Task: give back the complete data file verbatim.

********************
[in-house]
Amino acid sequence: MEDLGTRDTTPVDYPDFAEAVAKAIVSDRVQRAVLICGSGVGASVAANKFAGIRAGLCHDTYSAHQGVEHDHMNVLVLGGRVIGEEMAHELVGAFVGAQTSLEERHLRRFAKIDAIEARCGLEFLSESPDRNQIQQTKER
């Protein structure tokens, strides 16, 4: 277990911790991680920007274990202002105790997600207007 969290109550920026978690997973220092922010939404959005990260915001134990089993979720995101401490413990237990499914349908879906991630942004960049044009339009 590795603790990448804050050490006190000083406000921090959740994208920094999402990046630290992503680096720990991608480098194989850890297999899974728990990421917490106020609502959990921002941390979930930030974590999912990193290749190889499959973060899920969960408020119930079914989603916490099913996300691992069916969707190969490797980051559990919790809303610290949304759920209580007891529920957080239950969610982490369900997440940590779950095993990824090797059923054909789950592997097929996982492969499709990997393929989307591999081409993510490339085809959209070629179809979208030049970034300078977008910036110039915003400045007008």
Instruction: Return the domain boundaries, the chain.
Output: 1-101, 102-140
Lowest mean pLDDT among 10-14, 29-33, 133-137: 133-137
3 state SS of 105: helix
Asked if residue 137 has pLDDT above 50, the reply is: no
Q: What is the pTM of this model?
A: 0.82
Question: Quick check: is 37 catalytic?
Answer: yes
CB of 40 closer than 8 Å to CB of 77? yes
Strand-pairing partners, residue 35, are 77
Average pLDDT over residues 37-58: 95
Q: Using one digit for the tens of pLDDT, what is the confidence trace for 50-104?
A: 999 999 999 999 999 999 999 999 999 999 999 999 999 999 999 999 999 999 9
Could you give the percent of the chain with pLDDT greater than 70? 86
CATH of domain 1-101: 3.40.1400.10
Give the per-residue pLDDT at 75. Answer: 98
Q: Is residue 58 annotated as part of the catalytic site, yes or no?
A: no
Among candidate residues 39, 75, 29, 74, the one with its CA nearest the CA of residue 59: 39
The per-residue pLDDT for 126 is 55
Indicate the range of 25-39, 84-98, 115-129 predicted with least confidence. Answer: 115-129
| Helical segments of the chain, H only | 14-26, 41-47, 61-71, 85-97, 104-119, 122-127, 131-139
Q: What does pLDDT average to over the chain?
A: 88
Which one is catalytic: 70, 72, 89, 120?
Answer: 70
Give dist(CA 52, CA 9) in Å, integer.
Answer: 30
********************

[in-house]
Amino acid sequence: MEDLGTRDTTPVDYPDFAEAVAKAIVSDRVQRAVLICGSGVGASVAANKFAGIRAGLCHDTYSAHQGVEHDHMNVLVLGGRVIGEEMAHELVGAFVGAQTSLEERHLRRFAKIDAIEARCGLEFLSESPDRNQIQQTKER
């Protein structure tokens, strides 16, 4: 277990911790991680920007274990202002105790997600207007 969290109550920026978690997973220092922010939404959005990260915001134990089993979720995101401490413990237990499914349908879906991630942004960049044009339009 590795603790990448804050050490006190000083406000921090959740994208920094999402990046630290992503680096720990991608480098194989850890297999899974728990990421917490106020609502959990921002941390979930930030974590999912990193290749190889499959973060899920969960408020119930079914989603916490099913996300691992069916969707190969490797980051559990919790809303610290949304759920209580007891529920957080239950969610982490369900997440940590779950095993990824090797059923054909789950592997097929996982492969499709990997393929989307591999081409993510490339085809959209070629179809979208030049970034300078977008910036110039915003400045007008």
Instruction: Return the domain boundaries, the chain.
Output: 1-101, 102-140
Lowest mean pLDDT among 10-14, 29-33, 133-137: 133-137
3 state SS of 105: helix
Asked if residue 137 has pLDDT above 50, the reply is: no
Q: What is the pTM of this model?
A: 0.82
Question: Quick check: is 37 catalytic?
Answer: yes
CB of 40 closer than 8 Å to CB of 77? yes
Strand-pairing partners, residue 35, are 77
Average pLDDT over residues 37-58: 95
Q: Using one digit for the tens of pLDDT, what is the confidence trace for 50-104?
A: 999 999 999 999 999 999 999 999 999 999 999 999 999 999 999 999 999 999 9
Could you give the percent of the chain with pLDDT greater than 70? 86
CATH of domain 1-101: 3.40.1400.10
Give the per-residue pLDDT at 75. Answer: 98
Q: Is residue 58 annotated as part of the catalytic site, yes or no?
A: no
Among candidate residues 39, 75, 29, 74, the one with its CA nearest the CA of residue 59: 39
The per-residue pLDDT for 126 is 55
Indicate the range of 25-39, 84-98, 115-129 predicted with least confidence. Answer: 115-129
| Helical segments of the chain, H only | 14-26, 41-47, 61-71, 85-97, 104-119, 122-127, 131-139
Q: What does pLDDT average to over the chain?
A: 88
Which one is catalytic: 70, 72, 89, 120?
Answer: 70
Give dist(CA 52, CA 9) in Å, integer.
Answer: 30